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Ill-fated houseboat had illegally added an upper deck; KMB, Ports dept. slammed for inaction


The Kerala Maritime Board (KMB) and the Ports department are under fire as the houseboat that sank in Alappuzha on Thursday morning, resulting in the death of a tourist and a providential escape for four others, had illegally added its upper deck, had not renewed its licence since 2013, and was not dry-docked every two years, official sources said.

It shows that the two agencies remained mute spectators even as a total of five tourists lost their life in similar incidents on board houseboats during the past year, mainly in Alappuzha, representatives of houseboat operators associations and naval architects, who were associated with inspecting houseboats and other tourist vessels, said. That officials of the two agencies failed to take note of an entire upper deck being added illegally to the ill-fated vessel itself is proof of their lackadaisical attitude since it has an adverse fallout on the stability of the wooden vessel whose hull is not built to support two decks, the sources added.

The service of an upright ship surveyor was terminated earlier this year, in what was an apparent trap laid by his colleagues, even as there had been acute shortage of surveyors in Kerala to inspect new and old tourist boats, said a naval architect. “Many naval architects too were similarly terminated, affecting inspection of vessels. There are now few personnel to approve design and conduct safety and stability checks of houseboats. The backwater tourism sector will bring more ill-luck to the State if the situation continued, what with Thursday’s sinking of a houseboat occurring right at the peak of the tourist season,” he added. According to him, it is shocking that the State government has not learnt from fatal incidents that occurred during the past two decades like the ones at Kumarakom, Thekkady, Thattekad, and Fort Kochi that together claimed around 150 lives.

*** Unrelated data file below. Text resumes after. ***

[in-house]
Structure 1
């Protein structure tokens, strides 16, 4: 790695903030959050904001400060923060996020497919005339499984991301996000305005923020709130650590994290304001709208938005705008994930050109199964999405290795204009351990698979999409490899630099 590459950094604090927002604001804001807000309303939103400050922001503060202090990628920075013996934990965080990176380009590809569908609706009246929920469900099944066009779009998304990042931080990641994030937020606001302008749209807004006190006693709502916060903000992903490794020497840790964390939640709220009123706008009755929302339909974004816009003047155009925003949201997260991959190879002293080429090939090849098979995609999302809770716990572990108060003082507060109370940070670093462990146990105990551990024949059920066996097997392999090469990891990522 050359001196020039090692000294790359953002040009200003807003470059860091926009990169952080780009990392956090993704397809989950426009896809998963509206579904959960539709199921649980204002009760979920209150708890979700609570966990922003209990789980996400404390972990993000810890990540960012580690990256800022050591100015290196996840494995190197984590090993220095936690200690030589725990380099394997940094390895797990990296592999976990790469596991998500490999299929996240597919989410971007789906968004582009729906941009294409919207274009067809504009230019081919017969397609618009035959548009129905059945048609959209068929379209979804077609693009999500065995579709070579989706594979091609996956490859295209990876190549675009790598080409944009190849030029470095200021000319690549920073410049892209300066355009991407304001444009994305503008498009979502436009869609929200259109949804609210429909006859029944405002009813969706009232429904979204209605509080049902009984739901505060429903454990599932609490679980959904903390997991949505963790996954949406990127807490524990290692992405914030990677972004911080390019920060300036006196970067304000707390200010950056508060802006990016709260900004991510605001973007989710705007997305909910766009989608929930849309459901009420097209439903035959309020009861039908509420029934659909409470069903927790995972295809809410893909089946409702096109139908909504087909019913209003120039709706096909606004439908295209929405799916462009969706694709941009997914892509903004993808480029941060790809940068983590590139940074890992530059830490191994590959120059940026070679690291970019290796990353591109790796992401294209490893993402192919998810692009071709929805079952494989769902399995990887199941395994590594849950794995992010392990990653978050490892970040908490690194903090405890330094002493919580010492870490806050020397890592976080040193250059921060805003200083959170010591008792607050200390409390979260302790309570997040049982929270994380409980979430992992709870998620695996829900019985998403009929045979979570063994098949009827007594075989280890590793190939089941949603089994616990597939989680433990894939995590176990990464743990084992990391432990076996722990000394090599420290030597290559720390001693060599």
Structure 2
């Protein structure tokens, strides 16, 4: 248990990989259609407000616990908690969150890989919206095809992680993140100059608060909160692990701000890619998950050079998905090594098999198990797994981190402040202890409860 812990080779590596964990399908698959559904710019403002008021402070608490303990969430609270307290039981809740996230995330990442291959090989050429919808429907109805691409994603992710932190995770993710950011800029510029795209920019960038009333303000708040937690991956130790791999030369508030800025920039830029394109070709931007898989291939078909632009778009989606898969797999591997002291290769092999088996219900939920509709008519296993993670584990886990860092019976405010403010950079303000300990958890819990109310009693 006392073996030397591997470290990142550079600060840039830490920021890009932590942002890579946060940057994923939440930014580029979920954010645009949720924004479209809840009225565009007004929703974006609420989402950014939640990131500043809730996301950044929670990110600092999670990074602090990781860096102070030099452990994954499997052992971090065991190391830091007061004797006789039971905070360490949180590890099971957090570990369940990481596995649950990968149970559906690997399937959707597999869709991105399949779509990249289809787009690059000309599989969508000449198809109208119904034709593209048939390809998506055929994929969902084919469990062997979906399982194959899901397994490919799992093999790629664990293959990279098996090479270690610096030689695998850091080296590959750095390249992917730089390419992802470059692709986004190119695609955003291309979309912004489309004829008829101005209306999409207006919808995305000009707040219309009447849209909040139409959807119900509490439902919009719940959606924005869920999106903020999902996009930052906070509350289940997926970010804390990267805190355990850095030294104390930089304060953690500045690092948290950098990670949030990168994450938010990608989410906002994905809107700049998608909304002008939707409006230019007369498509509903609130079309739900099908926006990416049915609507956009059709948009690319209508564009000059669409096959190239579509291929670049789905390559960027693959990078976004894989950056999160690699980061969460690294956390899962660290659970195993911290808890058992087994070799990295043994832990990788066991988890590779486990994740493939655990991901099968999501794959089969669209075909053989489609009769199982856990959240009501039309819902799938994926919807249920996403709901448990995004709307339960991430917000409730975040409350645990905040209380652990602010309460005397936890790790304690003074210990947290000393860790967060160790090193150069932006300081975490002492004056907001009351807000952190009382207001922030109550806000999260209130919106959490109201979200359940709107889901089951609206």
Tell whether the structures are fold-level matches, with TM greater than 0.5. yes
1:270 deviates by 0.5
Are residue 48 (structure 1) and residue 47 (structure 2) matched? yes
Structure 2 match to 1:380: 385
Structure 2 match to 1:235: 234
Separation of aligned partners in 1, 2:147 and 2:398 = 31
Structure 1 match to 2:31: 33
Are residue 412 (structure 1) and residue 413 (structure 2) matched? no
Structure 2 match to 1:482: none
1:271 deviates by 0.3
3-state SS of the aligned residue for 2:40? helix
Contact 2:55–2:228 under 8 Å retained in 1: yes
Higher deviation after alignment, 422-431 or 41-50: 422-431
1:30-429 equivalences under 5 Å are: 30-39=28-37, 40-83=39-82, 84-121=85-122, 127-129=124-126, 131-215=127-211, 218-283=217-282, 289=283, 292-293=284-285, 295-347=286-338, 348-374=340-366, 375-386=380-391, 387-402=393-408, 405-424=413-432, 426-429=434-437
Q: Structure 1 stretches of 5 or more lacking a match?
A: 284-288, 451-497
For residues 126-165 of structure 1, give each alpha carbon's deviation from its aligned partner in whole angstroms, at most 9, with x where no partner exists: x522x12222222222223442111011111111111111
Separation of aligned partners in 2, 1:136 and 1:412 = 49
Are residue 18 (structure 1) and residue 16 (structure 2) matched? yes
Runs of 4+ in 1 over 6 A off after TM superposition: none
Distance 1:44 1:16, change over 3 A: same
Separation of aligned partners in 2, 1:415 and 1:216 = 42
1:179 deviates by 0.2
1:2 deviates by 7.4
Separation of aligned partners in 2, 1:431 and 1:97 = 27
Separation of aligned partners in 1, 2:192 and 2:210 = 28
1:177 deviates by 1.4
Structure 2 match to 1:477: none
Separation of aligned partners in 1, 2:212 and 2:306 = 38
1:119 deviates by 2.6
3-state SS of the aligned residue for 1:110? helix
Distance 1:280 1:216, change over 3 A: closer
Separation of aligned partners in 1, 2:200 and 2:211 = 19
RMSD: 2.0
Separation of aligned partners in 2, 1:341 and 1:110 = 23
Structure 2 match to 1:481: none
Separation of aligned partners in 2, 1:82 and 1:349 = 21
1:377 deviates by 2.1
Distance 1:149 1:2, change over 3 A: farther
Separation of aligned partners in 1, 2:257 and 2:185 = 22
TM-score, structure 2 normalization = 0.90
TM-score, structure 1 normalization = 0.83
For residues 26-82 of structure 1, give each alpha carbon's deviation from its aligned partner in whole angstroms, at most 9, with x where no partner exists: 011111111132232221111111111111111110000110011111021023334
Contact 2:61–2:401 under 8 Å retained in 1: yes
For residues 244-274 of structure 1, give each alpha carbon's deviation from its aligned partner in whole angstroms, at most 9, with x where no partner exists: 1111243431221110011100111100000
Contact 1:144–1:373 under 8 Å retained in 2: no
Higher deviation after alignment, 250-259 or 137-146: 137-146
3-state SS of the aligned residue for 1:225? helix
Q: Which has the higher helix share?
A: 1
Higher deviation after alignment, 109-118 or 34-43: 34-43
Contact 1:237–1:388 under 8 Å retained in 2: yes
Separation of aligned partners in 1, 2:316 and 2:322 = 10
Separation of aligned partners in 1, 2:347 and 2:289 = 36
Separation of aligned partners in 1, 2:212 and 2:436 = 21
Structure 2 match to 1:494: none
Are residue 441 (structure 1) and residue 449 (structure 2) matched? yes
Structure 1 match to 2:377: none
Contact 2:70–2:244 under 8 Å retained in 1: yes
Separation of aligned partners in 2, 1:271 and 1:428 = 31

That wooden boats are exempted from having multiple compartments in their hull has made them particularly vulnerable, vis-a-vis their steel and fibre counterparts. The availability of multiple compartments means the other compartments are safe even if water seeped into a compartment or two, he said.

Interestingly, the practice of blacklisting houseboats and other tourist vessels that operated without licence and other mandatory norms and publishing their names online were dropped a few years ago, reportedly owing to pressure from operators. A proposal to introduce GPS tracking too was given up, making tracking of such vessels all the more tough.

A houseboat operator primarily blamed the KMB and the registering authority of the Ports department for neglecting the “perilous situation in the houseboat sector, which has of late been sitting atop a powder keg. Tourists are subsequently in a fix, unable to identify vessels that have adhered to norms.”

Admitting that there was shortage of surveyors to inspect vessels, a senior KMB official said even the sole crew member who was on board the houseboat that sank on Thursday had not undergone the mandatory training. “With the government fixing a carrying capacity on boats that operate in Alappuzha, those registered elsewhere often operate here illegally,” he said.



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